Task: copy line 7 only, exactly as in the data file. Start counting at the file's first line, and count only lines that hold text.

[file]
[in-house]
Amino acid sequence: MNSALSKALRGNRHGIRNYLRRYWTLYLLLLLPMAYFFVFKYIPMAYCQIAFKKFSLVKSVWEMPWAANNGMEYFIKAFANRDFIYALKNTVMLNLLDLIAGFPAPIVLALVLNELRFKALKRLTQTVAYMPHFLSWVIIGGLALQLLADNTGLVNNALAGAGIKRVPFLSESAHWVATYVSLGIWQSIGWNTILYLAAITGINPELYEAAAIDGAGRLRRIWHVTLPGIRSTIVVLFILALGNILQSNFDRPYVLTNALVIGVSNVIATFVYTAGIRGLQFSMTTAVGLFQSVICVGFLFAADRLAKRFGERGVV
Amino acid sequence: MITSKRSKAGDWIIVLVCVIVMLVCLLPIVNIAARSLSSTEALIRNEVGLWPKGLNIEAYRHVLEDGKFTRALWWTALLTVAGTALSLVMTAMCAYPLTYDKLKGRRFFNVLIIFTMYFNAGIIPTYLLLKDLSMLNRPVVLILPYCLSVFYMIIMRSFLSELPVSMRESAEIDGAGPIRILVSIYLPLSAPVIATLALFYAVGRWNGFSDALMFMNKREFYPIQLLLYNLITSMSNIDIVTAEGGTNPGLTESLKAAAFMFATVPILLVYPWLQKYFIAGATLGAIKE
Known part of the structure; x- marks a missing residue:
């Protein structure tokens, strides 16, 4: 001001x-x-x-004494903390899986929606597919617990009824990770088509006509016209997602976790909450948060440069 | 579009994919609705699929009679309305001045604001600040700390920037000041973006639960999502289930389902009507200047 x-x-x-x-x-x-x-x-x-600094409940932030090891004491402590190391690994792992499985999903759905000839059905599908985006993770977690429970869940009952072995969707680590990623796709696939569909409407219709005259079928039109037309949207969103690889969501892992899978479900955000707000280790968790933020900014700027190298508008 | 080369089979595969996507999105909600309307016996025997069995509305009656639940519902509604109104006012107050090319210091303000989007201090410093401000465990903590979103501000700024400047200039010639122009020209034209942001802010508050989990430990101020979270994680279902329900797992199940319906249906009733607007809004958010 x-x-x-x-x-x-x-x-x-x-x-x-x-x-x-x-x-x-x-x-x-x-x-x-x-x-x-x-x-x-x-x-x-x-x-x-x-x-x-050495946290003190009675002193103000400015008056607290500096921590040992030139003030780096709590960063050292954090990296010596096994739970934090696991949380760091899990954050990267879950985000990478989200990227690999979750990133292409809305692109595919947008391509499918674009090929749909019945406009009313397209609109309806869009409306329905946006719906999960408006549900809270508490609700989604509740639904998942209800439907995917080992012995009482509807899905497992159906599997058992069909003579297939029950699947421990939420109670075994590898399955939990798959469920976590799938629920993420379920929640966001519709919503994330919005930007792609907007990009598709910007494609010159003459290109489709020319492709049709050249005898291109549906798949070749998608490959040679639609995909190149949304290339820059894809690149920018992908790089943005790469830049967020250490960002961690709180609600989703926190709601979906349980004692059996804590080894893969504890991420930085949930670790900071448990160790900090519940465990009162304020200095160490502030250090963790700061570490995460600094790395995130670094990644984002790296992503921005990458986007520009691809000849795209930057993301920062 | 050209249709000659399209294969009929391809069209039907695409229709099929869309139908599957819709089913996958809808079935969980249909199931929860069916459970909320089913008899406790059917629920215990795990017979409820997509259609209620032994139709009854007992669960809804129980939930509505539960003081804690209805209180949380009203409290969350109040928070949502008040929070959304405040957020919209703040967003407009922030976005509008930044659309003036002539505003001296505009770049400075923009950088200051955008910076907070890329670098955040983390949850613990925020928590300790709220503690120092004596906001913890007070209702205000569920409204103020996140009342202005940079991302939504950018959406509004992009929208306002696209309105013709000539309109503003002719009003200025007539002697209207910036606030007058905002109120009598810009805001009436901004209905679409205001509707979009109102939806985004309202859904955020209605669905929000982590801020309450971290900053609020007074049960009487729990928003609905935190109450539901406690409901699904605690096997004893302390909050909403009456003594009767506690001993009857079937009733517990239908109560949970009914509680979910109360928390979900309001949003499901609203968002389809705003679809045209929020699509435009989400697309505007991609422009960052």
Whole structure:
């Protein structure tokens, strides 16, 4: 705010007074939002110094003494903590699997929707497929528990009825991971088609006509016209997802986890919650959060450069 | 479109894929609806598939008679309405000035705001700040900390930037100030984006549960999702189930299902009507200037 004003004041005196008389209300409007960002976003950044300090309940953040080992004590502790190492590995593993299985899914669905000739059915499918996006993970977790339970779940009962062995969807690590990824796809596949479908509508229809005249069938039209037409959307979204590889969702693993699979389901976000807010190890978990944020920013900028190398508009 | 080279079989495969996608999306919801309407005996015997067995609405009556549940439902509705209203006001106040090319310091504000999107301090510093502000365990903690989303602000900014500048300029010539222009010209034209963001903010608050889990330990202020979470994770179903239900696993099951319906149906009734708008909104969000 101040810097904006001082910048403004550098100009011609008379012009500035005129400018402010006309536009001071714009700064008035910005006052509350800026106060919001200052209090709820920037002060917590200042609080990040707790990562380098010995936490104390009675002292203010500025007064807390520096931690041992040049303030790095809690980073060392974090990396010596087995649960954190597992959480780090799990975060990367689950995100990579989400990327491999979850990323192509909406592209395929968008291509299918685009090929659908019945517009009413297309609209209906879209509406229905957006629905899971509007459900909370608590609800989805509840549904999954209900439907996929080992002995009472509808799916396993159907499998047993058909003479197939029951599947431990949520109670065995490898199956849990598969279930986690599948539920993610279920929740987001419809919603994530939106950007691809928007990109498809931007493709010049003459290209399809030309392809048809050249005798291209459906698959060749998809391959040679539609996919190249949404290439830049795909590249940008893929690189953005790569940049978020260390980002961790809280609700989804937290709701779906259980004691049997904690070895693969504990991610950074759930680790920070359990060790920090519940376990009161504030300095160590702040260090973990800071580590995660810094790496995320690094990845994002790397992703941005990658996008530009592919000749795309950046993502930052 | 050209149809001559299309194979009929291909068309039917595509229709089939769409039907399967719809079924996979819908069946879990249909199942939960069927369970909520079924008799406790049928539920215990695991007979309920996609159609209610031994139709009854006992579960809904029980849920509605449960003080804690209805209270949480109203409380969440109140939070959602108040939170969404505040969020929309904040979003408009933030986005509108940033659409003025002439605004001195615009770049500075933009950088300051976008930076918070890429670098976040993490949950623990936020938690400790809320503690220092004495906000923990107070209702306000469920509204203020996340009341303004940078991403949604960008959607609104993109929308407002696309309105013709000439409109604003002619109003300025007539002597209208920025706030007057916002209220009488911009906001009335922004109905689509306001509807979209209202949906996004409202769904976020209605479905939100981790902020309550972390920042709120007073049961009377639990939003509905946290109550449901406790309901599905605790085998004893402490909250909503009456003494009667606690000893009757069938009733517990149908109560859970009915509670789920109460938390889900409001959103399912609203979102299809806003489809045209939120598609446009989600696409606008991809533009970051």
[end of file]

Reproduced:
């Protein structure tokens, strides 16, 4: 705010007074939002110094003494903590699997929707497929528990009825991971088609006509016209997802986890919650959060450069 | 479109894929609806598939008679309405000035705001700040900390930037100030984006549960999702189930299902009507200037 004003004041005196008389209300409007960002976003950044300090309940953040080992004590502790190492590995593993299985899914669905000739059915499918996006993970977790339970779940009962062995969807690590990824796809596949479908509508229809005249069938039209037409959307979204590889969702693993699979389901976000807010190890978990944020920013900028190398508009 | 080279079989495969996608999306919801309407005996015997067995609405009556549940439902509705209203006001106040090319310091504000999107301090510093502000365990903690989303602000900014500048300029010539222009010209034209963001903010608050889990330990202020979470994770179903239900696993099951319906149906009734708008909104969000 101040810097904006001082910048403004550098100009011609008379012009500035005129400018402010006309536009001071714009700064008035910005006052509350800026106060919001200052209090709820920037002060917590200042609080990040707790990562380098010995936490104390009675002292203010500025007064807390520096931690041992040049303030790095809690980073060392974090990396010596087995649960954190597992959480780090799990975060990367689950995100990579989400990327491999979850990323192509909406592209395929968008291509299918685009090929659908019945517009009413297309609209209906879209509406229905957006629905899971509007459900909370608590609800989805509840549904999954209900439907996929080992002995009472509808799916396993159907499998047993058909003479197939029951599947431990949520109670065995490898199956849990598969279930986690599948539920993610279920929740987001419809919603994530939106950007691809928007990109498809931007493709010049003459290209399809030309392809048809050249005798291209459906698959060749998809391959040679539609996919190249949404290439830049795909590249940008893929690189953005790569940049978020260390980002961790809280609700989804937290709701779906259980004691049997904690070895693969504990991610950074759930680790920070359990060790920090519940376990009161504030300095160590702040260090973990800071580590995660810094790496995320690094990845994002790397992703941005990658996008530009592919000749795309950046993502930052 | 050209149809001559299309194979009929291909068309039917595509229709089939769409039907399967719809079924996979819908069946879990249909199942939960069927369970909520079924008799406790049928539920215990695991007979309920996609159609209610031994139709009854006992579960809904029980849920509605449960003080804690209805209270949480109203409380969440109140939070959602108040939170969404505040969020929309904040979003408009933030986005509108940033659409003025002439605004001195615009770049500075933009950088300051976008930076918070890429670098976040993490949950623990936020938690400790809320503690220092004495906000923990107070209702306000469920509204203020996340009341303004940078991403949604960008959607609104993109929308407002696309309105013709000439409109604003002619109003300025007539002597209208920025706030007057916002209220009488911009906001009335922004109905689509306001509807979209209202949906996004409202769904976020209605479905939100981790902020309550972390920042709120007073049961009377639990939003509905946290109550449901406790309901599905605790085998004893402490909250909503009456003494009667606690000893009757069938009733517990149908109560859970009915509670789920109460938390889900409001959103399912609203979102299809806003489809045209939120598609446009989600696409606008991809533009970051």